As Manufacturing Adjusts, the Rebound Continues

The PMI Index jumps for the fourth straight month, reaching 56.0%.

Manufacturing continued its rebound from an April course correction, posting its fourth straight month of growth according to the Institute for Supply Management’s monthly PMI Index.

The index rose 1.8 percentage points in August to 56.0%, the third month in a row the index was above the 50% threshold for growth in the sector, and 14.5 percentage points above the 41.5% reading in April that ended a 12-year streak of economic growth.

While the effects of the COVID-19 pandemic have not yet disappeared, there is some stability in supply chains and strong growth in certain sectors.

“After the coronavirus brought manufacturing activity to historic lows, the sector continued its recovery in August, the first full month of operations after supply chains restarted and adjustments were made for employees to return to work,” said Timothy Fiore, chairman of the Institute for Supply Management Manufacturing Business Survey Committee. “Members reported that their companies and suppliers operated in reconfigured factories, with limited labour application due to safety restrictions. Panel sentiment was generally optimistic (1.4 positive comments for every cautious comment), though to a lesser degree compared to July.”

New orders continued to increase at a brisk pace, as did the production index. There are still a number of sectors struggling to keep pace with internal production levels, but other sectors are clearly on the rebound.

“Demand and consumption continued to drive expansion growth,” Fiore added. “Among the six biggest manufacturing industries, Food, Beverage & Tobacco Products remains the best-performing sector, with Chemical Products; Computer & Electronic Products; and Fabricated Metal Products growing strongly. Transportation Equipment also expanded, but at a low rate. Petroleum & Coal Products sunk into contraction territory. Impacted by the current economic environment, many panellists’ companies are holding off on capital investments for the rest of 2020.”

Three sectors in particular—commercial aerospace, office furniture, and related suppliers and the oil and gas markets continue to be impacted by low demand. “These companies represent approximately 20% of manufacturing output. This situation will likely continue at least through the end of the year,” said Fiore.

Comments from committee members reflected the disparity among the various manufacturing sectors:

  • “Watching COVID-19 situations in Mexico, Brazil, Philippines [and] Hong Kong. High rates of COVID-19 surging. Currently, lines of supply no longer impacted by COVID-19 related events.” (Computer & Electronic Products)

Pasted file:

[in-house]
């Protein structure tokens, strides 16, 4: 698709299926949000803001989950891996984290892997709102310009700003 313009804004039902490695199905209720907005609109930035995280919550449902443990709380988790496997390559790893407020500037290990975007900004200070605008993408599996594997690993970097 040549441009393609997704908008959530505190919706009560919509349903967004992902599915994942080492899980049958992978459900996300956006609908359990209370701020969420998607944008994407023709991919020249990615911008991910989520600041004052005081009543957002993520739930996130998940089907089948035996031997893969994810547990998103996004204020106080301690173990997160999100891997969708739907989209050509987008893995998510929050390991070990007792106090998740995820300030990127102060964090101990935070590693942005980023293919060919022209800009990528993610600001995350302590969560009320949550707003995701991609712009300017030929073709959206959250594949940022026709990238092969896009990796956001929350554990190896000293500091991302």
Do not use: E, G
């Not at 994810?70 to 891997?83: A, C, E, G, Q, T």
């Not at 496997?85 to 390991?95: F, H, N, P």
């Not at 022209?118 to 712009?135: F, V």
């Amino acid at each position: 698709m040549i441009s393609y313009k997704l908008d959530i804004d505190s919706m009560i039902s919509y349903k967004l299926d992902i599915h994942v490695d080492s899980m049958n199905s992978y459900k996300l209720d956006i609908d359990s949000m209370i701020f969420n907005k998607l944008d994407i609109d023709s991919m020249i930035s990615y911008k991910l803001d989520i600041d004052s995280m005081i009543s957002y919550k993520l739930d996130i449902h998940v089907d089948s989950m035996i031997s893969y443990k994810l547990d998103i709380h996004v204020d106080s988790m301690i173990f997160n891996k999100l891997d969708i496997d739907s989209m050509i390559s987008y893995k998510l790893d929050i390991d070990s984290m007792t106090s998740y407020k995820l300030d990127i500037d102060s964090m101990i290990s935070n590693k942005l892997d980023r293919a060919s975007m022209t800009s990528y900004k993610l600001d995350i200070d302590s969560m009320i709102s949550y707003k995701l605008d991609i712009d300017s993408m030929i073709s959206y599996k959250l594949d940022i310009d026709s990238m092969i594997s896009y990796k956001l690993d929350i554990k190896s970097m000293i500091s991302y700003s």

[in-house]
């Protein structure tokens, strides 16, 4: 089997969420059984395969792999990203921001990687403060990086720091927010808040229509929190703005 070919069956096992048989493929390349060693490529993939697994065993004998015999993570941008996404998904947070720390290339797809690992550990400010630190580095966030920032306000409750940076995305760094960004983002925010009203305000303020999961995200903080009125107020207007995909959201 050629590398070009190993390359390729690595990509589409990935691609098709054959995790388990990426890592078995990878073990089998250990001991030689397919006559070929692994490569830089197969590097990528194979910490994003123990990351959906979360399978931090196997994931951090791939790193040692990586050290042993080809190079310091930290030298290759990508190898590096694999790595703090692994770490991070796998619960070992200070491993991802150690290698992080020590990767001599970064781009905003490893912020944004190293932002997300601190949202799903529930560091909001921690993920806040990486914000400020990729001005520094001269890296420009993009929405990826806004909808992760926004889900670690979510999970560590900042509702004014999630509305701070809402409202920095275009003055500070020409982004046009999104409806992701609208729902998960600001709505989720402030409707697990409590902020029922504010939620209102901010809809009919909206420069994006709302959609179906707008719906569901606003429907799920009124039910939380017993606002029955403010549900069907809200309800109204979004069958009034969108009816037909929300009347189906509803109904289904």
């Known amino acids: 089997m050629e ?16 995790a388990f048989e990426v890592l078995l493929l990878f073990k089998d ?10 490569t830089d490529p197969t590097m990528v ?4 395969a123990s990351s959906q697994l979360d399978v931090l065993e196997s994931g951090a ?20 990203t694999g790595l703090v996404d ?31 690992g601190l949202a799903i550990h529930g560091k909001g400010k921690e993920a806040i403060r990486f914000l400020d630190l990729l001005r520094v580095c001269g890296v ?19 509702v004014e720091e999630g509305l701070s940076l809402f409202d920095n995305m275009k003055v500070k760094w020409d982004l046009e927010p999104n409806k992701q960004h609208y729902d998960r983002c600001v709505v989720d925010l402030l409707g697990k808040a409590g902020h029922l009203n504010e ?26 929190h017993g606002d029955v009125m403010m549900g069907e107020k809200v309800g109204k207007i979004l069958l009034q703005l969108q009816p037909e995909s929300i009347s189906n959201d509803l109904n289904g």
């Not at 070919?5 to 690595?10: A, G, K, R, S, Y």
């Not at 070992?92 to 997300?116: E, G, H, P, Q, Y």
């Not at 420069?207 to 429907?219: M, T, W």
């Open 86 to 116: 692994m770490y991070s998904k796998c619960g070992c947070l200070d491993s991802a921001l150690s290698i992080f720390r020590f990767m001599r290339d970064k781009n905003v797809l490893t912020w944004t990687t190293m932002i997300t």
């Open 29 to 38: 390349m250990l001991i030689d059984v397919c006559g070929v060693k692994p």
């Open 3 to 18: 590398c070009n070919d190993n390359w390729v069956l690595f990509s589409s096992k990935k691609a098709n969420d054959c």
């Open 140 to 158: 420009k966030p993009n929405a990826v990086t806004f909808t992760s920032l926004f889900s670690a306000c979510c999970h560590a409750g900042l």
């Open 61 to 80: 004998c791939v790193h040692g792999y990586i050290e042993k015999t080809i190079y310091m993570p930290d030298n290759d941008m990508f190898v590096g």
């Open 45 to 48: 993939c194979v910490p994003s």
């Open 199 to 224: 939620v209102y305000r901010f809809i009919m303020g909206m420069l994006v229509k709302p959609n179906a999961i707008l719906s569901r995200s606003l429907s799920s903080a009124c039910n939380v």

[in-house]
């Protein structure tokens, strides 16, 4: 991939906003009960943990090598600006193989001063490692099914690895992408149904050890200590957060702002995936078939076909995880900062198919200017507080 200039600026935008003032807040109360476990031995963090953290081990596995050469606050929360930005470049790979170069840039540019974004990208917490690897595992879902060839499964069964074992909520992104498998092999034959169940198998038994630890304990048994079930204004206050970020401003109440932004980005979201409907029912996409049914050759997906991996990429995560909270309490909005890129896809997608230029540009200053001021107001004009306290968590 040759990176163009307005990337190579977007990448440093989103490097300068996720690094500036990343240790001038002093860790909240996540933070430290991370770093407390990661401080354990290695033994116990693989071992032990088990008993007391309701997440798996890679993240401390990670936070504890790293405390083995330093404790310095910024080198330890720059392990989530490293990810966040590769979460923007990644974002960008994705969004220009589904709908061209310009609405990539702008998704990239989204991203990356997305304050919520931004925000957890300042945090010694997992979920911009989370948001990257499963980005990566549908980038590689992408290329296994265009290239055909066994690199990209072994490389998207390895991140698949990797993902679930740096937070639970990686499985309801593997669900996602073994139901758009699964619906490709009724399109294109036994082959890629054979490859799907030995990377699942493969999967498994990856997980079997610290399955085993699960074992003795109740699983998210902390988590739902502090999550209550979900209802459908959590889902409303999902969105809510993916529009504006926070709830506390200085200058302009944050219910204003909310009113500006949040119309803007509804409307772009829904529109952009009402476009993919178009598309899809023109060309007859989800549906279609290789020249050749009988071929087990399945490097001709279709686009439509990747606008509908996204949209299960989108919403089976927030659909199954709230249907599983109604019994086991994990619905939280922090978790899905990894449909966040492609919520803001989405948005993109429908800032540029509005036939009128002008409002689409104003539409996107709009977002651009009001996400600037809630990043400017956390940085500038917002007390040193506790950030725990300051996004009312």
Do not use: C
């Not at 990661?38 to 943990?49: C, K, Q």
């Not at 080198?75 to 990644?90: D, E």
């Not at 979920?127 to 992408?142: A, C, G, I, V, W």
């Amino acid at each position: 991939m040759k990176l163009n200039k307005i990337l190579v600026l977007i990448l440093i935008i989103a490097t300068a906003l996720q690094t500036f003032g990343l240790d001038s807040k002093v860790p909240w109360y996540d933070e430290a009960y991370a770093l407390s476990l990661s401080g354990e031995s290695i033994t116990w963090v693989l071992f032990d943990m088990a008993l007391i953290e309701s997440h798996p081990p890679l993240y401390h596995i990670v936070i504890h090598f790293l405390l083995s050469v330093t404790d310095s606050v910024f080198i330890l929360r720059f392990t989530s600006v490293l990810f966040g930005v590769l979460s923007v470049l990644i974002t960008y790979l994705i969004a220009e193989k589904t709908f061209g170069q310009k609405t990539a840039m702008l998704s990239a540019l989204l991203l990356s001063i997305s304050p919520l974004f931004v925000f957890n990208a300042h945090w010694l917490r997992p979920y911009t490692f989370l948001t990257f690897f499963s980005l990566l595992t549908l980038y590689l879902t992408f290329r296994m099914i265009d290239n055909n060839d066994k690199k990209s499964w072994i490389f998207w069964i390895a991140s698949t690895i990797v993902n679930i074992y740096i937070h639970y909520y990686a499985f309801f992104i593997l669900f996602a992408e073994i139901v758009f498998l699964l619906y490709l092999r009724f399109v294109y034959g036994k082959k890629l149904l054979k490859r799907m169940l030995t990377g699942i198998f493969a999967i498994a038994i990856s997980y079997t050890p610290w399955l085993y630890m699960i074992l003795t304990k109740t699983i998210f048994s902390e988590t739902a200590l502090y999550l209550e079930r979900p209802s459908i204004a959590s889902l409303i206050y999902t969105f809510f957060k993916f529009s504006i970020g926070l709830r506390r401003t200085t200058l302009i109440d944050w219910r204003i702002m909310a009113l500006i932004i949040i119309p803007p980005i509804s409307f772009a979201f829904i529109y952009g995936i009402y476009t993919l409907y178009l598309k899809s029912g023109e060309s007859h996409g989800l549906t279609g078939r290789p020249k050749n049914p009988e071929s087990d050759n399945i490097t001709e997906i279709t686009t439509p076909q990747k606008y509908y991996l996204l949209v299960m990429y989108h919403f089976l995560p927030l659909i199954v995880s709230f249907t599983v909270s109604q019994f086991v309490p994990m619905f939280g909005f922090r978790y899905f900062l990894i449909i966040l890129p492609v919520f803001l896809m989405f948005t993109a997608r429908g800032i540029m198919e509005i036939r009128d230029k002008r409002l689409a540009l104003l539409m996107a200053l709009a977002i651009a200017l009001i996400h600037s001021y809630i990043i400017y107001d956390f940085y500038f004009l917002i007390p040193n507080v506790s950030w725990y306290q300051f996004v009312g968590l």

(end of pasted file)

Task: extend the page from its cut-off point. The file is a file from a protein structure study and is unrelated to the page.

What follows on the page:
• “Business is very good. Production cannot keep up with demand. Some upstream supply chains are starting to have issues with raw material and/or transportation availability.” (Chemical Products)
  • “Airline industry continues to be under great pressure.” (Transportation Equipment)
  • “Current sales to domestic markets are substantially stronger than forecasted. We expected a recession, but it did not turn out that way. Retail and trade customer markets are very strong and driving shortages in raw material suppliers, increasing supplier orders.” (Fabricated Metal Products)
  • “Homebuilder business continues to be robust, with month-over-month gains continuing since May. Business remains favourable and will only be held back by supply issues across the entire industry.” (Wood Products)
  • “We are seeing solid month-over-month order improvement in all manufacturing sectors such as electrical, auto and industrial goods. Looking to add a few factory operators.” (Plastics & Rubber Products)
  • “Rolling production forecasts are increasing each week compared to prior forecast.” (Primary Metals)
  • “[Production ramp-up] has been a struggle. We have started and stopped lines numerous times at all 18 of our manufacturing plants due to COVID-19 issues. Surprisingly, our direct suppliers have done an excellent job on shipping ingredients and packaging on time.” (Food, Beverage & Tobacco Products)
  • “Strong demand from existing and new customers for our products, stable-to-decreasing input costs for our operations, and record numbers of new business opportunities from prospective customers’ reshoring measures. All trends continuing from the first quarter of fiscal year 2017.” (Electrical Equipment, Appliances & Components)
  • “Capital equipment new orders have slowed again. Quoting is active. Many customers waiting for the fourth quarter to make any commitments.” (Machinery)
  • “We are starting to see parts of our business rebound in August, while other parts remained weak. Some of our export business has come back for the first time since the start of COVID-19; however, domestic portfolios remain mixed.” (Paper Products)

Source: Hydraulics & Pneumatics

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Tom Wootten

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